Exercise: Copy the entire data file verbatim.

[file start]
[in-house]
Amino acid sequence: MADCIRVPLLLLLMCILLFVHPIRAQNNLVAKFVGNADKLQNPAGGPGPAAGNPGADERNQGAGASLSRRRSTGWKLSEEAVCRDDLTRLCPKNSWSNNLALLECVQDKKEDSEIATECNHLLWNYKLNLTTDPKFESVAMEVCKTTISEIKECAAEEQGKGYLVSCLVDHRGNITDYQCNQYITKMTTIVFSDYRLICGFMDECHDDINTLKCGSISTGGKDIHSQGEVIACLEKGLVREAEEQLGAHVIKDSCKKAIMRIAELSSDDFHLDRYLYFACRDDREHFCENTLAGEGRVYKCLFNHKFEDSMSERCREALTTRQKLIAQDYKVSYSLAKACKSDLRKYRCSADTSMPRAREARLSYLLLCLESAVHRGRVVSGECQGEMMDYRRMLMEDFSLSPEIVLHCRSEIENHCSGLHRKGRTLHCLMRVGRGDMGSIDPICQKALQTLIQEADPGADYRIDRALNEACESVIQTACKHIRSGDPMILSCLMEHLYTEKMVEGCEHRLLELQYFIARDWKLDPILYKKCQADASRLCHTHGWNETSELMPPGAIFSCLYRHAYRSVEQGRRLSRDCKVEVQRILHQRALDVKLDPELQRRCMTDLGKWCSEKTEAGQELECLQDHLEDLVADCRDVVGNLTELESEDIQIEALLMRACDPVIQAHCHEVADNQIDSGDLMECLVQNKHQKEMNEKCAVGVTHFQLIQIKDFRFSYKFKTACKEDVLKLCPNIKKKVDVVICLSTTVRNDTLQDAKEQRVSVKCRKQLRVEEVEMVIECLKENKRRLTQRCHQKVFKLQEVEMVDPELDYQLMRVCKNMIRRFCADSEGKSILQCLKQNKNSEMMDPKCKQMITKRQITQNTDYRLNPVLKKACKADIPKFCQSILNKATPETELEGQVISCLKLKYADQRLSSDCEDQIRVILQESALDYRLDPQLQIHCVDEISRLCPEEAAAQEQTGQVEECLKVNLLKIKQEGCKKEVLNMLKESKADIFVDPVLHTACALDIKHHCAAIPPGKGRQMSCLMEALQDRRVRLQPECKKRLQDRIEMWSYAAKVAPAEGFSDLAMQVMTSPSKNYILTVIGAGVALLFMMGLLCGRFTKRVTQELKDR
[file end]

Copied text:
[in-house]
Amino acid sequence: MADCIRVPLLLLLMCILLFVHPIRAQNNLVAKFVGNADKLQNPAGGPGPAAGNPGADERNQGAGASLSRRRSTGWKLSEEAVCRDDLTRLCPKNSWSNNLALLECVQDKKEDSEIATECNHLLWNYKLNLTTDPKFESVAMEVCKTTISEIKECAAEEQGKGYLVSCLVDHRGNITDYQCNQYITKMTTIVFSDYRLICGFMDECHDDINTLKCGSISTGGKDIHSQGEVIACLEKGLVREAEEQLGAHVIKDSCKKAIMRIAELSSDDFHLDRYLYFACRDDREHFCENTLAGEGRVYKCLFNHKFEDSMSERCREALTTRQKLIAQDYKVSYSLAKACKSDLRKYRCSADTSMPRAREARLSYLLLCLESAVHRGRVVSGECQGEMMDYRRMLMEDFSLSPEIVLHCRSEIENHCSGLHRKGRTLHCLMRVGRGDMGSIDPICQKALQTLIQEADPGADYRIDRALNEACESVIQTACKHIRSGDPMILSCLMEHLYTEKMVEGCEHRLLELQYFIARDWKLDPILYKKCQADASRLCHTHGWNETSELMPPGAIFSCLYRHAYRSVEQGRRLSRDCKVEVQRILHQRALDVKLDPELQRRCMTDLGKWCSEKTEAGQELECLQDHLEDLVADCRDVVGNLTELESEDIQIEALLMRACDPVIQAHCHEVADNQIDSGDLMECLVQNKHQKEMNEKCAVGVTHFQLIQIKDFRFSYKFKTACKEDVLKLCPNIKKKVDVVICLSTTVRNDTLQDAKEQRVSVKCRKQLRVEEVEMVIECLKENKRRLTQRCHQKVFKLQEVEMVDPELDYQLMRVCKNMIRRFCADSEGKSILQCLKQNKNSEMMDPKCKQMITKRQITQNTDYRLNPVLKKACKADIPKFCQSILNKATPETELEGQVISCLKLKYADQRLSSDCEDQIRVILQESALDYRLDPQLQIHCVDEISRLCPEEAAAQEQTGQVEECLKVNLLKIKQEGCKKEVLNMLKESKADIFVDPVLHTACALDIKHHCAAIPPGKGRQMSCLMEALQDRRVRLQPECKKRLQDRIEMWSYAAKVAPAEGFSDLAMQVMTSPSKNYILTVIGAGVALLFMMGLLCGRFTKRVTQELKDR